What are Cycles?
Cycles act as the computational resource to execute actions on the Internet Computer. In general, all canisters consume resources in the form of CPU cycles for execution, bandwidth for routing messages, and memory for persisted data. Canisters maintain an account balance to pay for the cost of communication, computation, and the storage consumed by their applications. The cost of computation is expressed in units of cycles.
Cycles reflect the real costs of operations, including resources such physical hardware, rack space, energy, storage devices, and bandwidth. In simple terms, a cycle unit represents the cost of executing a single WebAssembly instruction. Programs must be able to pay for complete execution (all or nothing), but the cost associated with cycles will make efficient programs cost-effective.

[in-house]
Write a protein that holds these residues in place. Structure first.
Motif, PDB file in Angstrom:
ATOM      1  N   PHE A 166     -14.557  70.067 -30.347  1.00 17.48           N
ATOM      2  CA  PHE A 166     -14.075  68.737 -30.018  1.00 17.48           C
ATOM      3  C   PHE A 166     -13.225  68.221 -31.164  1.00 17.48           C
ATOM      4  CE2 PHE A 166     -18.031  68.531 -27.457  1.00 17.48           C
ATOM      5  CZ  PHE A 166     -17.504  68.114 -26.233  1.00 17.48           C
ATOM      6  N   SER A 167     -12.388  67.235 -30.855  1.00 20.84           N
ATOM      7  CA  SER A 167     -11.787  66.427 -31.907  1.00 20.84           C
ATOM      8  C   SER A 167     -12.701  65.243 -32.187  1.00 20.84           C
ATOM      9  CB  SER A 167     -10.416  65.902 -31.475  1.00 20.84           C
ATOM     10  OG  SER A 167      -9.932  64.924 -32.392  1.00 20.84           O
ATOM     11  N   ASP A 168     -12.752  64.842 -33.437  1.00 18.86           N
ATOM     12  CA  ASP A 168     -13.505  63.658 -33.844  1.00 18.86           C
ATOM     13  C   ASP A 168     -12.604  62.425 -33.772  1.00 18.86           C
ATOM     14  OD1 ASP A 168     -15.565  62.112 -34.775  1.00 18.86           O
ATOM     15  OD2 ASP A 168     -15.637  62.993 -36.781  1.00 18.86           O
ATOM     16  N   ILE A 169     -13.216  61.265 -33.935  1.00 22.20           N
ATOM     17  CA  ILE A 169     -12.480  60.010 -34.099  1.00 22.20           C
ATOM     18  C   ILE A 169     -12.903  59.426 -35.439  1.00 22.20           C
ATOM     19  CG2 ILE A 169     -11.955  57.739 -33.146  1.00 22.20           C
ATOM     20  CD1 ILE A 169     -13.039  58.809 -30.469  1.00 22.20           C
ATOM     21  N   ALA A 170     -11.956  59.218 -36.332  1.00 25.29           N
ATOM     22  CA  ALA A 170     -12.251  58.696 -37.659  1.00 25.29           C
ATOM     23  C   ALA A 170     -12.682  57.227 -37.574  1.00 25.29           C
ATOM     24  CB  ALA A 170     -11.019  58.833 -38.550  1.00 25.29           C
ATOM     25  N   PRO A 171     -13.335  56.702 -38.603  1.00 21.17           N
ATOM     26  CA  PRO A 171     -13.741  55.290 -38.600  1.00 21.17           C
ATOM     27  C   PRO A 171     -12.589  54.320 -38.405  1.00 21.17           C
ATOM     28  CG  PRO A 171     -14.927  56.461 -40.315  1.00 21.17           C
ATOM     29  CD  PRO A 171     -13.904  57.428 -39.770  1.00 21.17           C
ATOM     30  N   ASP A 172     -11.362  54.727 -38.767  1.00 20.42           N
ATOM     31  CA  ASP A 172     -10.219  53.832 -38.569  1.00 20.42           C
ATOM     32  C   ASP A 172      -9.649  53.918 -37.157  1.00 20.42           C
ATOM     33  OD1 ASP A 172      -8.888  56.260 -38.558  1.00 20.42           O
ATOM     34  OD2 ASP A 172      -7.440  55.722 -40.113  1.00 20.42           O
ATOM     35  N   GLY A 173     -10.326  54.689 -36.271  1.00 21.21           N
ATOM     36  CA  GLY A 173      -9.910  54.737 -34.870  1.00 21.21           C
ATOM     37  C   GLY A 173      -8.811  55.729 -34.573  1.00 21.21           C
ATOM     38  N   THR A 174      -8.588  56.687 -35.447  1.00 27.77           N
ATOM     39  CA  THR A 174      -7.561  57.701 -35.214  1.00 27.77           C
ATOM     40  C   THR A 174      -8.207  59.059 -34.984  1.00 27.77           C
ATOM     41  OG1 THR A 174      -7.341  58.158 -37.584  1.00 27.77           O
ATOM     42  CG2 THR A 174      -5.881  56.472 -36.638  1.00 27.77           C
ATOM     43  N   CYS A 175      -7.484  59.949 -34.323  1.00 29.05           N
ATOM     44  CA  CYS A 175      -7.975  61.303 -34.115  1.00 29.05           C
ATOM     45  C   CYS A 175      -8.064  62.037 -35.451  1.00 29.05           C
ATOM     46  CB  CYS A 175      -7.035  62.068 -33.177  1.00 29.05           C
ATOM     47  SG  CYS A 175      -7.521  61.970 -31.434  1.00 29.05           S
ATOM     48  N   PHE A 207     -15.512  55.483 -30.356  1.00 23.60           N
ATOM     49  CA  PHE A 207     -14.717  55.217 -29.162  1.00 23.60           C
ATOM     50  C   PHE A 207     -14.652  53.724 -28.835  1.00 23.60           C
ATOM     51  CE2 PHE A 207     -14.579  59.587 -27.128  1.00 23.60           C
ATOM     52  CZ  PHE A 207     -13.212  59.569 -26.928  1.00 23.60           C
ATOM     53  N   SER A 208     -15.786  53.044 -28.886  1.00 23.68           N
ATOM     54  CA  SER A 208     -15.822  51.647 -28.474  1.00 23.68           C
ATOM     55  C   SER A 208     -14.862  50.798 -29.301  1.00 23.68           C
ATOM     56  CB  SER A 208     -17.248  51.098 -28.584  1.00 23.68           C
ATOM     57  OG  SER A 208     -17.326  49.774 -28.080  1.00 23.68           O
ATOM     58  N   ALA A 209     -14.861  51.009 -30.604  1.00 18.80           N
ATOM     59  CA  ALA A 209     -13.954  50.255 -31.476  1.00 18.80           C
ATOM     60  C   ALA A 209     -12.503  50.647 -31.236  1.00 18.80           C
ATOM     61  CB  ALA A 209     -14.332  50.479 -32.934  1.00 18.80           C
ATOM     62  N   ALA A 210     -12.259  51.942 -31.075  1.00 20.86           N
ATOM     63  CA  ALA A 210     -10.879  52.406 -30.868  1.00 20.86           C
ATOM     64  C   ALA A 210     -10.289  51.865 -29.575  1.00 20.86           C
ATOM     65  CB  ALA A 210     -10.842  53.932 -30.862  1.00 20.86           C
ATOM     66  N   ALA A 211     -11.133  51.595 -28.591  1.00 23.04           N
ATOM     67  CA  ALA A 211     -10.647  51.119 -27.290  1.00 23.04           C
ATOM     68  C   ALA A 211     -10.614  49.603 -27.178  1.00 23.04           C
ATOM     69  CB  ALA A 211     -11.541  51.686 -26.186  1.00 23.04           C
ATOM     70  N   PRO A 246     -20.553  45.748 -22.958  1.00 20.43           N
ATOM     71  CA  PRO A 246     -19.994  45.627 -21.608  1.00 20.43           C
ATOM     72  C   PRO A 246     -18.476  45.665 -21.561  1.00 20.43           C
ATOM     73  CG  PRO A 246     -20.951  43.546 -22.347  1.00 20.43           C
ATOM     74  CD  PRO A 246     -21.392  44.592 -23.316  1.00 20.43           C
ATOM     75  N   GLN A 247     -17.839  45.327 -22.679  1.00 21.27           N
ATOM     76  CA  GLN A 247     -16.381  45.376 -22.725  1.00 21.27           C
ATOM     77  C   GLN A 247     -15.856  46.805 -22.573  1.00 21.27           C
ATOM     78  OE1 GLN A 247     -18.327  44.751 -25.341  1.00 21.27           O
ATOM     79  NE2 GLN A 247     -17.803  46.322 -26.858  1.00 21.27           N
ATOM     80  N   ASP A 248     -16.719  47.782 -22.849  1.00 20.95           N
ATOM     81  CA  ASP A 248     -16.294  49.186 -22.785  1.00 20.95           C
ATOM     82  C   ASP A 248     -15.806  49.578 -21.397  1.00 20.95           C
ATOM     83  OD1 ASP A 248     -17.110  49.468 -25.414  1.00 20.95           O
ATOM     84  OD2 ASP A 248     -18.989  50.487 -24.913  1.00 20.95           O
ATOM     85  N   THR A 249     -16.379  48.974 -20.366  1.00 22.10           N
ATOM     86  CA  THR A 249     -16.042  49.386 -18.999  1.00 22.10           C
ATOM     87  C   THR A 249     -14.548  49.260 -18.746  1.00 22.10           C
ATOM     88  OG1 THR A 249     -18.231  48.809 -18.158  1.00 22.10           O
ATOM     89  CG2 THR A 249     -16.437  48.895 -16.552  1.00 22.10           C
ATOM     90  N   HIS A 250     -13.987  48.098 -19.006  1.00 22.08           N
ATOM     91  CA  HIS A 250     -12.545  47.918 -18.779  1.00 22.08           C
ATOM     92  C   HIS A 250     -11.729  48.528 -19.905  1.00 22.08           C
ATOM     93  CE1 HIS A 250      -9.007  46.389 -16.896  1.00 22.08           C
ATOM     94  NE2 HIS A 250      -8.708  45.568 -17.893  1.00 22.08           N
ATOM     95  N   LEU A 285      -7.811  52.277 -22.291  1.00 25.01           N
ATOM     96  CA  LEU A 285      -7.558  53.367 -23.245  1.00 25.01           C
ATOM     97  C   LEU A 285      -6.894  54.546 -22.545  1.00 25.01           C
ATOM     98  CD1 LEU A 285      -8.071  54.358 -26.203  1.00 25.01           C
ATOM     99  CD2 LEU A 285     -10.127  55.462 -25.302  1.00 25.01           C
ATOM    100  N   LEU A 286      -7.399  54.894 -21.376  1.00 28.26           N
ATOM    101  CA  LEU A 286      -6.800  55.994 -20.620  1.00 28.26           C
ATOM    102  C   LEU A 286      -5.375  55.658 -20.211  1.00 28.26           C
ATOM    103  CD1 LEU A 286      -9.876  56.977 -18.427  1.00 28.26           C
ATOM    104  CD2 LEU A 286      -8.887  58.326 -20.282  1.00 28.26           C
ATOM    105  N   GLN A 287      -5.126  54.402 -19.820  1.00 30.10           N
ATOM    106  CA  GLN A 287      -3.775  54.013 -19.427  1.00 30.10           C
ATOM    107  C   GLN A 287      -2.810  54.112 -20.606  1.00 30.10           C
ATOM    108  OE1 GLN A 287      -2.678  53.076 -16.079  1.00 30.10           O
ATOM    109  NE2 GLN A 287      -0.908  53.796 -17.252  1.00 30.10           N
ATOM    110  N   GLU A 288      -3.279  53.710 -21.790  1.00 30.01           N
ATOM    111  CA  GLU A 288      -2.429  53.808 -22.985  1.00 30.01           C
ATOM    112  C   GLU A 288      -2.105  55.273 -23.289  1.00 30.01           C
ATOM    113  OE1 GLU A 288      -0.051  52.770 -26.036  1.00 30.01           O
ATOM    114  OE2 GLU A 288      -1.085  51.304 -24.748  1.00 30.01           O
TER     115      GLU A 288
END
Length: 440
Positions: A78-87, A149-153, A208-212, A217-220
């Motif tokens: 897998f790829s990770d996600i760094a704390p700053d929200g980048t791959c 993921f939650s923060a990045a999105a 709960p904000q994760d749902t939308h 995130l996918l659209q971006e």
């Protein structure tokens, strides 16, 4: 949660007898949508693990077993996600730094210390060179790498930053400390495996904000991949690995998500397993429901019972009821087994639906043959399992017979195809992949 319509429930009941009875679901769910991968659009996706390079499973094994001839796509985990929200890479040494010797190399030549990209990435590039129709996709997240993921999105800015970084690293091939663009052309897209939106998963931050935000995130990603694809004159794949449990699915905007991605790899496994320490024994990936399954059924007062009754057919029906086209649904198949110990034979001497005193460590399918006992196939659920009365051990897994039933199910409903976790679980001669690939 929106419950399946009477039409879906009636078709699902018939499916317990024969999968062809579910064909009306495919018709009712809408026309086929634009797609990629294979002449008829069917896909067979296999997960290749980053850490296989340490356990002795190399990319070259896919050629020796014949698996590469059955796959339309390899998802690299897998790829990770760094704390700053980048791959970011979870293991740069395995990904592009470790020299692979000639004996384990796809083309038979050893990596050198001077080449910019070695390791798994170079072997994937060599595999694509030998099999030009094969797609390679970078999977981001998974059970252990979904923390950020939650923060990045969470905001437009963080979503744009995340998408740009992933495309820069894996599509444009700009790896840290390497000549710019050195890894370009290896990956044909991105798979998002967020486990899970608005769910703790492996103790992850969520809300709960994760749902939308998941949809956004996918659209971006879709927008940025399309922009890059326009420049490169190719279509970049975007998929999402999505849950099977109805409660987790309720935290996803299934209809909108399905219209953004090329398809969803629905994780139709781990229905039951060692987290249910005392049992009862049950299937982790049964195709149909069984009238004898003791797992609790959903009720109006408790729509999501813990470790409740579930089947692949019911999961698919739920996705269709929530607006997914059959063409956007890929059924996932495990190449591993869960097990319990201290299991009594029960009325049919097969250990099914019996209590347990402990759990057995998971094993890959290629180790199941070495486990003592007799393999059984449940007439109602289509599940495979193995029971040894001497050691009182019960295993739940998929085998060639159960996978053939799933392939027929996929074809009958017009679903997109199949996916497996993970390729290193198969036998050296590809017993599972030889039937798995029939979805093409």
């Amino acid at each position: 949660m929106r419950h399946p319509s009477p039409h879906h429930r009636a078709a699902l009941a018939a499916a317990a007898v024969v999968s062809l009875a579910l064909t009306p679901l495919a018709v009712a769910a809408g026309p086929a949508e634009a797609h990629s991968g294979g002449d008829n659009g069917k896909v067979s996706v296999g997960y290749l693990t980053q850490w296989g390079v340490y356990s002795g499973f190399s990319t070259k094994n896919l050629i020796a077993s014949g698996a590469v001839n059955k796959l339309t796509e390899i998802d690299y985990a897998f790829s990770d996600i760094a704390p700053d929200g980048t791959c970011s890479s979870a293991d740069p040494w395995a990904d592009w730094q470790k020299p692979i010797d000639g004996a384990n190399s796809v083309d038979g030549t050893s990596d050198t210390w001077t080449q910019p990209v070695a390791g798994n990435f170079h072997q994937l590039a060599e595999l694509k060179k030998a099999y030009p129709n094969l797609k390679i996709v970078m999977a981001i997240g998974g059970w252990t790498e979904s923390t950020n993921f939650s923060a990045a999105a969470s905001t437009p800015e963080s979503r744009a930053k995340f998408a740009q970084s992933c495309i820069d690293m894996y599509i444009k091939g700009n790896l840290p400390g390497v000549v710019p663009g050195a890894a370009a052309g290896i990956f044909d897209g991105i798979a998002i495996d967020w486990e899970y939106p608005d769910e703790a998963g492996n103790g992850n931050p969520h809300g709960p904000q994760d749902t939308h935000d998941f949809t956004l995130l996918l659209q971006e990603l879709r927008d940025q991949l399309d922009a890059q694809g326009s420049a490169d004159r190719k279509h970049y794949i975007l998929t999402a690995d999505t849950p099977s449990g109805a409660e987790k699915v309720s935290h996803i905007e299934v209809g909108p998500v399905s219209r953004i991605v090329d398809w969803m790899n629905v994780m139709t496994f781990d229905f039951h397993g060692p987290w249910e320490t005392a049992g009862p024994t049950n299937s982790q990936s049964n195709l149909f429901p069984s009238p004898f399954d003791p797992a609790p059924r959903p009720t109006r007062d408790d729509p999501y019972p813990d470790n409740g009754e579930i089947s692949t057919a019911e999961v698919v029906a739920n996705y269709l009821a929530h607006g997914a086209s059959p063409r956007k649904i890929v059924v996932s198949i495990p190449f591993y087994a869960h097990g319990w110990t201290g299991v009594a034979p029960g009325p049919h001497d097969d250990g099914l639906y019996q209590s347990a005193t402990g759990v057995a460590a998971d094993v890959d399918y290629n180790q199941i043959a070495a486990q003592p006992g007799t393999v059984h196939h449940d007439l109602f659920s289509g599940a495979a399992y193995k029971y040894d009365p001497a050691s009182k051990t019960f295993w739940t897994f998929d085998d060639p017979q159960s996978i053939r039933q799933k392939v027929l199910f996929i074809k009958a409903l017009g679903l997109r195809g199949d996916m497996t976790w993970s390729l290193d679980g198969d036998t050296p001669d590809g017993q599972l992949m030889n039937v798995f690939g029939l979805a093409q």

By setting limits on how many cycles a canister can consume, the platform can prevent malicious code from draining resources. The relative stability of operational costs also makes it easier to predict the cycles that are required to process a million messages, for example.
Cycles can be compared to “gas” for Ethereum and “credits” for AWS, but have much farther reaching uses with regard to data, compute, and execution. Their design also inherently accounts for technological pitfalls, such as rapidly rising costs of usage.